Expanding the Hurwitz/Peffley Model: How Race Shapes Public Opinion on Foreign Aid

24 Pages Posted: 1 Aug 2011 Last revised: 12 Aug 2011

Date Written: 2011

Abstract

This article examines whether African-Americans and whites in the U.S. form opinions differently about the issue of foreign aid in a similar divergence of opinion as has been found in opinions on welfare. To really see the work done by race in shaping opinions on foreign aid, I test a model which specifies aid to Africa and another that specifies aid to Israel, and compare those to general opinions on aid to see what effect the race of the recipient country has on opinions of foreign aid. I develop a new theory to explain this link between race and foreign policy opinion, expanding on the hierarchical model of foreign policy opinion attributed to Hurwitz and Peffley. The results suggest that race is shaping opinion on foreign policy, and we can infer from the literature that race is actually shaping peoples’ values, which are then shaping foreign policy opinion. This inference is not rejected but my findings, but further research is required to support it strongly.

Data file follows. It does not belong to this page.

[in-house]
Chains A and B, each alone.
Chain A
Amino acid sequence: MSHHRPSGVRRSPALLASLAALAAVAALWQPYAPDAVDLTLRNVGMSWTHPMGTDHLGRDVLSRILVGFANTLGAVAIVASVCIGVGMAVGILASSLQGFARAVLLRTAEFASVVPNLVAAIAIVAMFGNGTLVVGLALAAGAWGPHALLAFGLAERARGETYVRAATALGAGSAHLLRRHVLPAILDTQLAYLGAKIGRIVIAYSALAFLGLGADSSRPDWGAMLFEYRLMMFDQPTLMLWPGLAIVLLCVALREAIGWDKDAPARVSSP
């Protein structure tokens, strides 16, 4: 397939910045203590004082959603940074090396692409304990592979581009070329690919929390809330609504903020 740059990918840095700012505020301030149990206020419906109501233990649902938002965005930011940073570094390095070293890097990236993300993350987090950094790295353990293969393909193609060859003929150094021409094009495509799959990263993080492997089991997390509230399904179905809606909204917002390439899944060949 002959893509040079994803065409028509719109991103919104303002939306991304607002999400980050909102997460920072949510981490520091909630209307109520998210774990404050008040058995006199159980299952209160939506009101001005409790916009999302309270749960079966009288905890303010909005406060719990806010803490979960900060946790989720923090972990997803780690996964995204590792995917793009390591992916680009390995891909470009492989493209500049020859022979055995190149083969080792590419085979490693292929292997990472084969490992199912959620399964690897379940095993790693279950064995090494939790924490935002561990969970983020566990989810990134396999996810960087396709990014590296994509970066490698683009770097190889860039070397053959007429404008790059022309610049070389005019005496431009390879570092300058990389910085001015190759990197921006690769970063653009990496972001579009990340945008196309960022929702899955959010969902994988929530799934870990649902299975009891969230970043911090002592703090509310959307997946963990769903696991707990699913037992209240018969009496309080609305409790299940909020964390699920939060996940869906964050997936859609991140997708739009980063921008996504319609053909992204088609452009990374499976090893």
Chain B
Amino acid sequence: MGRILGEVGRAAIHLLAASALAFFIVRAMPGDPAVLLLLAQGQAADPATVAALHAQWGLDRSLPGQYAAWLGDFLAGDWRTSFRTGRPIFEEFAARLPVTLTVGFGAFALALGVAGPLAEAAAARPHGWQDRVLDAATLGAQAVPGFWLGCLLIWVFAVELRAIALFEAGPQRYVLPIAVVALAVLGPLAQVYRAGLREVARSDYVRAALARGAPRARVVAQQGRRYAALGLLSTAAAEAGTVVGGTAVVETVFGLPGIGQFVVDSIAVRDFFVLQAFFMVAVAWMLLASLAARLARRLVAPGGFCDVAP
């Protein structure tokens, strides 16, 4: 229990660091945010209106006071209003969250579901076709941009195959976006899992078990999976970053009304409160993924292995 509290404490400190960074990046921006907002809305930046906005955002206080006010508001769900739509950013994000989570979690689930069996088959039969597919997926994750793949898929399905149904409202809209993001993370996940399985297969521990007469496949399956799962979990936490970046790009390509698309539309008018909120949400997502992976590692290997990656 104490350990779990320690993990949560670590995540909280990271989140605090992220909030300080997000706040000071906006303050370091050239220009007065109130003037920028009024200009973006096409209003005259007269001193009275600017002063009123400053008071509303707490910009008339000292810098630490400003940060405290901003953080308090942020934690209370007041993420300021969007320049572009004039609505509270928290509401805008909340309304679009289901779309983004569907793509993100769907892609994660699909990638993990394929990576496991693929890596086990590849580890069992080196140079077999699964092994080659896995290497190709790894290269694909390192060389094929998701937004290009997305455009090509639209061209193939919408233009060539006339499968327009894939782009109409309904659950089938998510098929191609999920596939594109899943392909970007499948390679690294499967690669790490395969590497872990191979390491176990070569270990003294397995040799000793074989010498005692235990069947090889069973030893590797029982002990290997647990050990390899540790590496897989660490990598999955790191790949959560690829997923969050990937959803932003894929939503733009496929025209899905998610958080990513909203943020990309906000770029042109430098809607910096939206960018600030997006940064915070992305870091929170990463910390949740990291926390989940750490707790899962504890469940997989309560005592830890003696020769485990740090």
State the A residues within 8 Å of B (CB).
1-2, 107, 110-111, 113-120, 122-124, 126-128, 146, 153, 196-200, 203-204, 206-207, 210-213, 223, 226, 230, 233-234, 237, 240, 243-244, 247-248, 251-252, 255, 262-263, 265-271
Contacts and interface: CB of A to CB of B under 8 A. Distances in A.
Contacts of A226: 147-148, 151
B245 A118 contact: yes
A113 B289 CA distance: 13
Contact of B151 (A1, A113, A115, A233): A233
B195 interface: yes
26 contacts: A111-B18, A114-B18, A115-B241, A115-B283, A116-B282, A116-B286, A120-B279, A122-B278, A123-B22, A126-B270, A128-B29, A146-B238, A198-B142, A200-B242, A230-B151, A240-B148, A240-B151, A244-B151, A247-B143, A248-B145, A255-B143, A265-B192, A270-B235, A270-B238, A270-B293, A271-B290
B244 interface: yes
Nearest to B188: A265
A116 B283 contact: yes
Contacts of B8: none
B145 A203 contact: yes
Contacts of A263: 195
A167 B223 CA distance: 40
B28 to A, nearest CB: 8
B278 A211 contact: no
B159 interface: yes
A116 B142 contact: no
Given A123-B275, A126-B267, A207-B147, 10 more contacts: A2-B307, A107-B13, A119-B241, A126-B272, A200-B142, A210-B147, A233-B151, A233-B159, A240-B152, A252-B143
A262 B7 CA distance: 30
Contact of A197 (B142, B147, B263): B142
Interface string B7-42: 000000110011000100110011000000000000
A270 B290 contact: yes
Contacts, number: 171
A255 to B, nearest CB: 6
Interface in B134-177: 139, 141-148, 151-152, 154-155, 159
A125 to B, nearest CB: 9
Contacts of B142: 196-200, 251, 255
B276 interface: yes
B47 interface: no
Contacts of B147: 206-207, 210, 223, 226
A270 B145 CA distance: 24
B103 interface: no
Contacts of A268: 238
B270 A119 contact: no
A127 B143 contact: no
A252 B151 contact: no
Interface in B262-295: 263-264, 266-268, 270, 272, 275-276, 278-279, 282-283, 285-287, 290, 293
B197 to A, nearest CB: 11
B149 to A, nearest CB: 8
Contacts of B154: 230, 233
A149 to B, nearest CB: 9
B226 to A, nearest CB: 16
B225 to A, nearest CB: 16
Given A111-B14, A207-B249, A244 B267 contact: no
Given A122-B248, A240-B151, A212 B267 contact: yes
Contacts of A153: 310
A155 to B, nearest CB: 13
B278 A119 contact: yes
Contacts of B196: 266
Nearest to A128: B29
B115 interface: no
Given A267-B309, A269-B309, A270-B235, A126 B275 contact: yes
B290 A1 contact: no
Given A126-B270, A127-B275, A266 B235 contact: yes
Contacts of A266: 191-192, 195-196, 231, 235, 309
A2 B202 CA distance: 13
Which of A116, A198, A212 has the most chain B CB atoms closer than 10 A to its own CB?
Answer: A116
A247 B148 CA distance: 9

Keywords: Foreign, Aid, Race

Suggested Citation

Este-McDonald, James, Expanding the Hurwitz/Peffley Model: How Race Shapes Public Opinion on Foreign Aid (2011). APSA 2011 Annual Meeting Paper, Available at SSRN: https://ssrn.com/abstract=1902748

James Este-McDonald (Contact Author)

affiliation not provided to SSRN ( email )

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